Individual work identity, or the way individuals define themselves in the workplace, is composed of a combination of organizational, professional, and other identities. Such identities, and the related patterns of identification, shape the roles individuals enact and the corresponding ways they behave in the workplace, e.g. their social networks. In this paper, drawing on recent contributions on identity in organizations, we interpret the preference or desire to work on different tasks at the same time (polychronicity) as part of individuals’ work identity and we explore how polychronicity, and professional and organizational identification are related to the patterns of interactions in the workplace. Specifically, we test a moderated mediated model where the relationship between individual polychronicity and network centrality is mediated by the perception of organizational polychronicity and moderated by the strength of professional and organizational identification. Adopting a mixed methods approach, we collected qualitative and quantitative data for R&D professionals employed in a world-leading company of the alternative energy industry. Theoretical and practical implications, together with future research directions, are discussed.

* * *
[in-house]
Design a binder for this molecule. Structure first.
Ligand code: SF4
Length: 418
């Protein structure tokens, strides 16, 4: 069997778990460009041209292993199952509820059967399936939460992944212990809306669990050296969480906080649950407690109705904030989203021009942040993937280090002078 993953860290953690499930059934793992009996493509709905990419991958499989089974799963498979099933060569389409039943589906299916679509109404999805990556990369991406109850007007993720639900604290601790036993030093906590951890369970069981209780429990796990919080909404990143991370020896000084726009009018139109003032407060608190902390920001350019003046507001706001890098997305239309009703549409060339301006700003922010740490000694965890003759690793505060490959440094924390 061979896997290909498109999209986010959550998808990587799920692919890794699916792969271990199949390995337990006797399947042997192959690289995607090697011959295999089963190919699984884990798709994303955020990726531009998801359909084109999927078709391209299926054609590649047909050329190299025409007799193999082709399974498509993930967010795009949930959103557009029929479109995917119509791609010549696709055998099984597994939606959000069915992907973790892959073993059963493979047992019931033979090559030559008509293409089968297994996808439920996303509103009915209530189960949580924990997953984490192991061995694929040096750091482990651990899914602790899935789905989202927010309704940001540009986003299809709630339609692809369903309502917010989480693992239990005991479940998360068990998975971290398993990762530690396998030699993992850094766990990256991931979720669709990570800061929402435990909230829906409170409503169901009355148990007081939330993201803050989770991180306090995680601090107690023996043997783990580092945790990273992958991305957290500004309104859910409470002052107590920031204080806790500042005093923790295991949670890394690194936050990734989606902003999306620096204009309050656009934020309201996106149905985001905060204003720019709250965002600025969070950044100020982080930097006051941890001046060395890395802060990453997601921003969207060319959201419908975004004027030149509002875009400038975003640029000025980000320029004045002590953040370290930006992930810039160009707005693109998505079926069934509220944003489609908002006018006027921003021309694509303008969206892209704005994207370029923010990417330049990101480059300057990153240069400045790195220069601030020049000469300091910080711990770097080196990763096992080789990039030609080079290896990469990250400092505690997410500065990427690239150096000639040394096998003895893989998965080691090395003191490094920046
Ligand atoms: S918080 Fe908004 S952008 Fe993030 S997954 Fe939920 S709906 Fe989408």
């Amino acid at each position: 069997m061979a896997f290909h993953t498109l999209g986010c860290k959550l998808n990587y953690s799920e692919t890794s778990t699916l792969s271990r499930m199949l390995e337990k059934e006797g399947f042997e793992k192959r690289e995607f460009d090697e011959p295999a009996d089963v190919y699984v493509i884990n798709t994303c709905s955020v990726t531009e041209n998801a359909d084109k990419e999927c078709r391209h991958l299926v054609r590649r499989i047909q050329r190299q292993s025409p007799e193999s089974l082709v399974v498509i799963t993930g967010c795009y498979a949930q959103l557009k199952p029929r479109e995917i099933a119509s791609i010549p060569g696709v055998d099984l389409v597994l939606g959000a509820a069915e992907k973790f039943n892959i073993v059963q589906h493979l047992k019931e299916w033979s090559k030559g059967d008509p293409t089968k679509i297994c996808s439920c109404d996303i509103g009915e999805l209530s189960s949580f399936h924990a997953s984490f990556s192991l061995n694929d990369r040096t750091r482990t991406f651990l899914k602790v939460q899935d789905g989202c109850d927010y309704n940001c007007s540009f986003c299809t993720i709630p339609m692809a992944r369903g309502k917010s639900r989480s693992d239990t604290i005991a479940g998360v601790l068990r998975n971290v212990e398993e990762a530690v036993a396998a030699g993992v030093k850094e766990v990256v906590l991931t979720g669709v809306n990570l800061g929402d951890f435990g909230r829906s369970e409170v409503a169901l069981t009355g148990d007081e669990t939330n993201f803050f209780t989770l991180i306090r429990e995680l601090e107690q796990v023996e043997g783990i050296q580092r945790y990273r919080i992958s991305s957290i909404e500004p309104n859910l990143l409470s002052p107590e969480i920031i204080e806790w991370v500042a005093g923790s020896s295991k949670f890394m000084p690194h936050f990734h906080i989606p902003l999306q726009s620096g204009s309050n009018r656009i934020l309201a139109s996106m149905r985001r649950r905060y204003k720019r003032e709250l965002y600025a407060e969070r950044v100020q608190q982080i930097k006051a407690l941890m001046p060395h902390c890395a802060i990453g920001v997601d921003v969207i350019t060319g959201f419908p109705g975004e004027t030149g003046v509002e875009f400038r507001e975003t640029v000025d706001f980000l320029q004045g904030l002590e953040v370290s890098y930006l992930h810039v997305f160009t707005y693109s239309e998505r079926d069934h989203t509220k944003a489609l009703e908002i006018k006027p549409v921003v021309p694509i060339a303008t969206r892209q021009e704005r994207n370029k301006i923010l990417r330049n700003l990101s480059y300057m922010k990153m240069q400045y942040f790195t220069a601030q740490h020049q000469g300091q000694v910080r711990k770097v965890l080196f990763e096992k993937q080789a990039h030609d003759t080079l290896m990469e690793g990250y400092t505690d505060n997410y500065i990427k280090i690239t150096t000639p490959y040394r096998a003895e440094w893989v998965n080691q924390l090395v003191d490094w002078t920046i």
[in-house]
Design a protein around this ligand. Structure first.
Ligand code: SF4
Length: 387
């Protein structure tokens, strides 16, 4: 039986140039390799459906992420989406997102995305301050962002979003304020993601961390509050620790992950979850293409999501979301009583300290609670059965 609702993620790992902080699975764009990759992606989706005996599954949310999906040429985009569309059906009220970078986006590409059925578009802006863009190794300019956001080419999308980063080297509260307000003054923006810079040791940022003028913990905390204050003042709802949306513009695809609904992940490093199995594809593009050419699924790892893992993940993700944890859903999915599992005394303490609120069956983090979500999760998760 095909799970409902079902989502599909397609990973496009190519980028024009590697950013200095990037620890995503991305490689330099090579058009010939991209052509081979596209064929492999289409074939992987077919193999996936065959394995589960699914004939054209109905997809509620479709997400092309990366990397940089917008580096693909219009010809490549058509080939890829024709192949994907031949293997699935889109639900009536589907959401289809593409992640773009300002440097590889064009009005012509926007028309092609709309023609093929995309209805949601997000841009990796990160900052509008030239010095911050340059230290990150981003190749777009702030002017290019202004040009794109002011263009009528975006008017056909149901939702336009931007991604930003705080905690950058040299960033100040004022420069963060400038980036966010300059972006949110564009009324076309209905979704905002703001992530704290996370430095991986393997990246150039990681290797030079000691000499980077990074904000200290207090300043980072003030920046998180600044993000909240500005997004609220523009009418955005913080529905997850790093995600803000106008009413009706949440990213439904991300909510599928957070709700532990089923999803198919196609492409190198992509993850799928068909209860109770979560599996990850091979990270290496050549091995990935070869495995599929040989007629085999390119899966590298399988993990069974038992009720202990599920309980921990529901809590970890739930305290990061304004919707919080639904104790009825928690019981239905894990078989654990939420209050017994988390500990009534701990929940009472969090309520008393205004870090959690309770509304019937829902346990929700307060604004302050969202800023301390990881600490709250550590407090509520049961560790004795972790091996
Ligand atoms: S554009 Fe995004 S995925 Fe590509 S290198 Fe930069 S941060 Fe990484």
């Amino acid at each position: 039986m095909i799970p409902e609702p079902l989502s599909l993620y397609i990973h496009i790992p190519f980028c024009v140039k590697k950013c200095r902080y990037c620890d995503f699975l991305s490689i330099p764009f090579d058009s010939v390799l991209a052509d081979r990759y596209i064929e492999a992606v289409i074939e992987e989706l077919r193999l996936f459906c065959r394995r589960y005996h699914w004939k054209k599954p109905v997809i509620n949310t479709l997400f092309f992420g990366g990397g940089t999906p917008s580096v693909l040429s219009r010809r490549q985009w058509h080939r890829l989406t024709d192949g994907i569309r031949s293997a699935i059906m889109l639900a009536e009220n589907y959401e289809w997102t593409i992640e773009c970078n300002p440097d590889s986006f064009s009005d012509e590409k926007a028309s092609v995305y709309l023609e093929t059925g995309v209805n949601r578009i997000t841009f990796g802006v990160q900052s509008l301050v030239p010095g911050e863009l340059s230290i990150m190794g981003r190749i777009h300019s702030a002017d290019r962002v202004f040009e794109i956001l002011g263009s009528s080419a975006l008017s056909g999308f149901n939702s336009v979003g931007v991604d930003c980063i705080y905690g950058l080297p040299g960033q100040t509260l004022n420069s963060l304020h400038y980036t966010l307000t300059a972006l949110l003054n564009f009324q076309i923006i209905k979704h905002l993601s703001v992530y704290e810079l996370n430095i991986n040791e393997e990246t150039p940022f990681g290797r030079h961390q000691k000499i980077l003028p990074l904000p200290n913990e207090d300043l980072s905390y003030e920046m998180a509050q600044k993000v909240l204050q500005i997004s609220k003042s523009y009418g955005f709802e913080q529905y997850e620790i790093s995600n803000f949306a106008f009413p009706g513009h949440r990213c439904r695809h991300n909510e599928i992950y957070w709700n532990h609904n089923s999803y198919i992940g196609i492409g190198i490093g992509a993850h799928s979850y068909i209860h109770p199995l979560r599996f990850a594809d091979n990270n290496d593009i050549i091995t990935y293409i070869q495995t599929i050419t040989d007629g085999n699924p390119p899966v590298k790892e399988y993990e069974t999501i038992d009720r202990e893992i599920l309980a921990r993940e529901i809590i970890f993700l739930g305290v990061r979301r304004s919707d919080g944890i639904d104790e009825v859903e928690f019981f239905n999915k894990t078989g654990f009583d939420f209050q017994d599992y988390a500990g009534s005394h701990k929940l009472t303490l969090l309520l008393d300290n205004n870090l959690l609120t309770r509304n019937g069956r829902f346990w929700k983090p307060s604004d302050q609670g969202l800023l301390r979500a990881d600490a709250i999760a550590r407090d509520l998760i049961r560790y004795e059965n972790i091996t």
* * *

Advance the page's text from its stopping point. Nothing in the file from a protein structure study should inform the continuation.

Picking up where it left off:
|Data di pubblicazione:||2009|
|Autori:||F. Bertolotti; J. Dukerich; E. Mattarelli; D.M. Macrì|
|Titolo:||The interplay between work identity and polychronicity in R&D professionals' social networks|
|Appare nelle tipologie:||Abstract in Atti di Convegno|
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